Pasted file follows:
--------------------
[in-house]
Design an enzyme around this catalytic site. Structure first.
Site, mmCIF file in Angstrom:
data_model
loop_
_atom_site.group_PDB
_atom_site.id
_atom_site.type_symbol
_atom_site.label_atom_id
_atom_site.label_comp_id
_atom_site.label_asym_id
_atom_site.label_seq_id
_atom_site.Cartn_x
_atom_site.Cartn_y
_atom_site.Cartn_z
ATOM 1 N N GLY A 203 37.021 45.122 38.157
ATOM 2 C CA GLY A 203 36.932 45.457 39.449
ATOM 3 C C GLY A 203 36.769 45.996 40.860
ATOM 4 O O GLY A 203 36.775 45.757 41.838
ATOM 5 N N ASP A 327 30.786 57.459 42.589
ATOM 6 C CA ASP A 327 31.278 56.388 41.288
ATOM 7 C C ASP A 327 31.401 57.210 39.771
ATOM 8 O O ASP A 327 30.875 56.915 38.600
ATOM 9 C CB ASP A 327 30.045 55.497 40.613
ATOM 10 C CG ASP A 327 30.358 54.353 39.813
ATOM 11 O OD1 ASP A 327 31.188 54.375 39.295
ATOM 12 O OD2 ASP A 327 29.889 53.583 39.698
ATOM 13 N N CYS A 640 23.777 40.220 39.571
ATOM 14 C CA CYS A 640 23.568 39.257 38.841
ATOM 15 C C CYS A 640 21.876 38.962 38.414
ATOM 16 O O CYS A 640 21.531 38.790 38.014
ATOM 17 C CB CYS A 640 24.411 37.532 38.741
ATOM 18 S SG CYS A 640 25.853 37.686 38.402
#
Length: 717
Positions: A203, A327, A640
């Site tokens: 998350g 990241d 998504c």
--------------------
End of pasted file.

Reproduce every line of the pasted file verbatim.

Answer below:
[in-house]
Design an enzyme around this catalytic site. Structure first.
Site, mmCIF file in Angstrom:
data_model
loop_
_atom_site.group_PDB
_atom_site.id
_atom_site.type_symbol
_atom_site.label_atom_id
_atom_site.label_comp_id
_atom_site.label_asym_id
_atom_site.label_seq_id
_atom_site.Cartn_x
_atom_site.Cartn_y
_atom_site.Cartn_z
ATOM 1 N N GLY A 203 37.021 45.122 38.157
ATOM 2 C CA GLY A 203 36.932 45.457 39.449
ATOM 3 C C GLY A 203 36.769 45.996 40.860
ATOM 4 O O GLY A 203 36.775 45.757 41.838
ATOM 5 N N ASP A 327 30.786 57.459 42.589
ATOM 6 C CA ASP A 327 31.278 56.388 41.288
ATOM 7 C C ASP A 327 31.401 57.210 39.771
ATOM 8 O O ASP A 327 30.875 56.915 38.600
ATOM 9 C CB ASP A 327 30.045 55.497 40.613
ATOM 10 C CG ASP A 327 30.358 54.353 39.813
ATOM 11 O OD1 ASP A 327 31.188 54.375 39.295
ATOM 12 O OD2 ASP A 327 29.889 53.583 39.698
ATOM 13 N N CYS A 640 23.777 40.220 39.571
ATOM 14 C CA CYS A 640 23.568 39.257 38.841
ATOM 15 C C CYS A 640 21.876 38.962 38.414
ATOM 16 O O CYS A 640 21.531 38.790 38.014
ATOM 17 C CB CYS A 640 24.411 37.532 38.741
ATOM 18 S SG CYS A 640 25.853 37.686 38.402
#
Length: 717
Positions: A203, A327, A640
């Site tokens: 998350g 990241d 998504c």